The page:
Any graduate student will tell you that earning a master’s or doctorate is a very different experience than earning their undergraduate degree.
Graduate school often presents new challenges, such as how to successfully navigate juggling school and life, securing funding support, the academic job search, and imposter syndrome. These challenges don’t end after graduate school, as new faculty members find themselves working towards and beyond the tenure track.
With that in mind, several current and former faculty members in Clemson University’s Parks, Recreation and Tourism Management department guest edited and contributed to a two-part special issue of SCHOLE: A Journal of Leisure Studies and Recreation Education that focuses on the academic profession in parks, recreation, tourism and leisure.
The special issue was guest edited by Mariela Fernandez, Lauren Duffy, Gwynn Powell, and former faculty member Lincoln Larson. Contributors included Professor Emeriti Brett Wright and Fran McGuire, current department faculty member Iryna Sharaievska, and former faculty member Dart Schmalz.
“As professors, we have a unique perspective, having experienced the academic system through the lens of both graduate students and by working as faculty members at different stages of our careers,” says Fernandez. “The special issue is a valuable resource that can serve as a guide for students at every stage of their graduate studies, up to, including, and after their job search, as well as for our colleagues working in the academy.”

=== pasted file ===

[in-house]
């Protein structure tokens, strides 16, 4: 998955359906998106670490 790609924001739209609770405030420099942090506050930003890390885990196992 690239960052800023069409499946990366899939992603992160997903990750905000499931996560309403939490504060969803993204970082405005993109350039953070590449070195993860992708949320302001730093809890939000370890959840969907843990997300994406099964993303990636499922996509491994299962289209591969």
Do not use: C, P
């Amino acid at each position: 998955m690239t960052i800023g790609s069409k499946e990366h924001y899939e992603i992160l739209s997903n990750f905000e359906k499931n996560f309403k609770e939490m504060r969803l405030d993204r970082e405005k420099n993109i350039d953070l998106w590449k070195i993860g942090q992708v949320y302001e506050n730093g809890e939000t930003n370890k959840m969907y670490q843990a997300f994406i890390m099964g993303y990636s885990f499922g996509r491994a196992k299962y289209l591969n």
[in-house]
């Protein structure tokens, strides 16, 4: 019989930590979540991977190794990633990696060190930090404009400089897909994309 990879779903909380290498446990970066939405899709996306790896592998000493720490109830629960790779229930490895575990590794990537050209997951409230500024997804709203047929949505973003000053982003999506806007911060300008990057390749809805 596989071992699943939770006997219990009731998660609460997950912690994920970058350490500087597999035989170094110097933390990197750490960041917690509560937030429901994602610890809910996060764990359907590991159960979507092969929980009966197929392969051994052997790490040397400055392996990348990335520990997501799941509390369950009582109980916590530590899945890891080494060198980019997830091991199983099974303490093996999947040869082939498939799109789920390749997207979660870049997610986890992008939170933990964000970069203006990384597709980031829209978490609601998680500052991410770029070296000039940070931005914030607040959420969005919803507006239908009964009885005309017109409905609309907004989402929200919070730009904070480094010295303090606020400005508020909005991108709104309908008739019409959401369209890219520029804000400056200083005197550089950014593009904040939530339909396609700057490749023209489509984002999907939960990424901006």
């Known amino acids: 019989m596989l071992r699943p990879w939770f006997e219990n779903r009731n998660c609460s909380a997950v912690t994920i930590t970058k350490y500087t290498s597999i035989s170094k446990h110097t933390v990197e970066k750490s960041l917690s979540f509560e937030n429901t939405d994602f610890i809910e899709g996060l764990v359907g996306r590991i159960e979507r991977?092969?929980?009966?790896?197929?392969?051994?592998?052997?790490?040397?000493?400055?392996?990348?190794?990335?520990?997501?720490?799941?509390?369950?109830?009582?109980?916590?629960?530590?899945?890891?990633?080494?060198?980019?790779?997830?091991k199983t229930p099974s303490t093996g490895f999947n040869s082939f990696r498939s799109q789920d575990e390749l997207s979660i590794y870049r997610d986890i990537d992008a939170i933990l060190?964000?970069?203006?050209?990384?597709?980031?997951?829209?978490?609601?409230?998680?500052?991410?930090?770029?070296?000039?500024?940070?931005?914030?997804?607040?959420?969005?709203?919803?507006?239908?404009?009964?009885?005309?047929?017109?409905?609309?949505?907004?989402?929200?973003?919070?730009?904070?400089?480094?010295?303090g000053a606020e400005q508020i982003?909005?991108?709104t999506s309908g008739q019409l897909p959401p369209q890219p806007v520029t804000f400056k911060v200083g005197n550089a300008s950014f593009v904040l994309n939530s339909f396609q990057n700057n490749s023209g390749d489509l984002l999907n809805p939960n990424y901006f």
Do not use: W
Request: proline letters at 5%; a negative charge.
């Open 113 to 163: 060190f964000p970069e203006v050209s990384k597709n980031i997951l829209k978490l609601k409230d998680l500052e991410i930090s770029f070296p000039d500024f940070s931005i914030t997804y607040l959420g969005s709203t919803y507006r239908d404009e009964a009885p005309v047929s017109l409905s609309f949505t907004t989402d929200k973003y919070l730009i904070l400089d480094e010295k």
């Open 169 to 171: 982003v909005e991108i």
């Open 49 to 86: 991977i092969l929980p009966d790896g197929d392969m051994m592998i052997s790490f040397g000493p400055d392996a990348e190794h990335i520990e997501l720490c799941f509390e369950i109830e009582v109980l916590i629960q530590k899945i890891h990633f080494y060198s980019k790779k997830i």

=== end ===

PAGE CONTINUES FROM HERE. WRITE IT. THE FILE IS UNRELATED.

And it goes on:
Part 1 of the issue provides advice about successfully navigating the different stages of an academic career, from graduate school to the post-tenure years. Part 2 explores contemporary challenges in higher education that influence academic programs and may impact faculty members throughout their careers, such as changing approaches to governance in academic institutions, the evolving experience economy, and the ongoing struggle to maintain a healthy work-life balance. The goal is to help graduate students and faculty colleagues recognize and address common challenges, ultimately enhancing success at both the professional and personal level.
Although the special issue is written to address challenges in the parks, recreation, tourism and leisure fields, contributing editor Lauren Duffy notes that the general principles could also apply to other fields.
“The challenges we all face in the leisure studies field are often not dissimilar from challenges others may encounter over the course of their academic training and career,” Duffy says. “Although information provided in this special issue is focused through the lens of our work, there are common threads that can be useful to any graduate student or academic professional.”
Contributing editor Gwynn Powell notes that the special issue can also start a dialogue about issues that are important topics of discussion, but are not often publicly discussed.
“For example, one of the articles in the special issue focuses on post-tenure pathways – the fact that extensive mentorship is provided pre-tenure, but disappears in the decades following that achievement,” says Powell. “Highlighting challenges like this can help colleagues working in the field realize they’re not alone, while also helping them address it.”